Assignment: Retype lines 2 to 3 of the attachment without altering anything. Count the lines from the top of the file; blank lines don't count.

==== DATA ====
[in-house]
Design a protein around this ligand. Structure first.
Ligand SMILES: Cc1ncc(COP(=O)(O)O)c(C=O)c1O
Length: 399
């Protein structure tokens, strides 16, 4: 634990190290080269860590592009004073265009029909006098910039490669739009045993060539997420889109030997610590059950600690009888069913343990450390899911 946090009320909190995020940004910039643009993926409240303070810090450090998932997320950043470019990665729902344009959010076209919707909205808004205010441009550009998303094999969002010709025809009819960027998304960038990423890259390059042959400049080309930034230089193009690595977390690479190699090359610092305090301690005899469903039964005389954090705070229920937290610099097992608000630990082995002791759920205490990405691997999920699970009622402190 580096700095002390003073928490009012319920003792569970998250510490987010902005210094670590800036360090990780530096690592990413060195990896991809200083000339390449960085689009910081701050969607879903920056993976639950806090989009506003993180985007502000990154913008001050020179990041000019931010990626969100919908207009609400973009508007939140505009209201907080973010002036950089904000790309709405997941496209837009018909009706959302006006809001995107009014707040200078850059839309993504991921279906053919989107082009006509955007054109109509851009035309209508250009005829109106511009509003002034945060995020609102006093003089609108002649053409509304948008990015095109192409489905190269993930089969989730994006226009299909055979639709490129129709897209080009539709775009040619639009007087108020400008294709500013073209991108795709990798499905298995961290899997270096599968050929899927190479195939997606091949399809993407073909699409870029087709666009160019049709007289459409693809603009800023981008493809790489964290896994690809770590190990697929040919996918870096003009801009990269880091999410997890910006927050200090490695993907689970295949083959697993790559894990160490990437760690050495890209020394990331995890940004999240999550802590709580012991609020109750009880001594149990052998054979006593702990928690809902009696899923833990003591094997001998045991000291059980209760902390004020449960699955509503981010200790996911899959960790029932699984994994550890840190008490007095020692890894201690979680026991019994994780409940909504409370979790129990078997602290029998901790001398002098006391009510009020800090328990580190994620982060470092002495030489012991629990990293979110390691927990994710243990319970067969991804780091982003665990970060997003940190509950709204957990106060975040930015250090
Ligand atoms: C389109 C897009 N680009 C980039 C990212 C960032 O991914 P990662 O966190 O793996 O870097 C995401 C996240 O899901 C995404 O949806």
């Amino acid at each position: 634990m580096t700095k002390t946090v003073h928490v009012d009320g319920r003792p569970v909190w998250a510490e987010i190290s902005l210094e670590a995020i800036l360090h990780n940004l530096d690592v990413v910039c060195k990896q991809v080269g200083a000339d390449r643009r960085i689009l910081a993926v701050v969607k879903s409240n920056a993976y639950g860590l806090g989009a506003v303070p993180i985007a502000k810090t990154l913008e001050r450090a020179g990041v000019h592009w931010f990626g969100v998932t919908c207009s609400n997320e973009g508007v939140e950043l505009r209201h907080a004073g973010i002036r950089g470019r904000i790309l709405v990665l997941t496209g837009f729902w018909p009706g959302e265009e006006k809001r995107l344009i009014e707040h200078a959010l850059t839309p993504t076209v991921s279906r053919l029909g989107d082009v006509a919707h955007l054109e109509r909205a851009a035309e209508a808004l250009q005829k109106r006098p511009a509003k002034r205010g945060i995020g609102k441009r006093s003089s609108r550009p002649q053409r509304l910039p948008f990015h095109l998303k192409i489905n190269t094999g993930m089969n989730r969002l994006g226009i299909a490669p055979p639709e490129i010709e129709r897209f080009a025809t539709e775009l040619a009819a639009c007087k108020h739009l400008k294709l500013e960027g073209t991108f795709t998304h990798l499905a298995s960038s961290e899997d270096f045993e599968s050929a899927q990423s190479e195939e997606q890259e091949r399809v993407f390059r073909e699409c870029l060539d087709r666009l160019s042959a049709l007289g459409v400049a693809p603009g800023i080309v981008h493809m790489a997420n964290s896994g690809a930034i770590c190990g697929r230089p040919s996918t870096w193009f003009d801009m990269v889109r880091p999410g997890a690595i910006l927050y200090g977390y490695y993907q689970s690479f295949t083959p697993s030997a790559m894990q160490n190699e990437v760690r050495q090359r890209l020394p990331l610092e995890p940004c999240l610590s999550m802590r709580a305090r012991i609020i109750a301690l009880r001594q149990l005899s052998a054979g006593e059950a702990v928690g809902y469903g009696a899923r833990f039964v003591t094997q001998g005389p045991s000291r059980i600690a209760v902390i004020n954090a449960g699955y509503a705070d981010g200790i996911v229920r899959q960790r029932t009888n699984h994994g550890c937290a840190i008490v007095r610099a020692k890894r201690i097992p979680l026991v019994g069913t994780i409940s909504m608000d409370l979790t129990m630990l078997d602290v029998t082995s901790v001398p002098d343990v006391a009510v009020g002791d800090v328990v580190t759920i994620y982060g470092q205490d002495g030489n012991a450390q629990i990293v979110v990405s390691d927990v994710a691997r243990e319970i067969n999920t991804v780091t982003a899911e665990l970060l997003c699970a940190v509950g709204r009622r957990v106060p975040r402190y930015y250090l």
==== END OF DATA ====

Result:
Design a protein around this ligand. Structure first.
Ligand SMILES: Cc1ncc(COP(=O)(O)O)c(C=O)c1O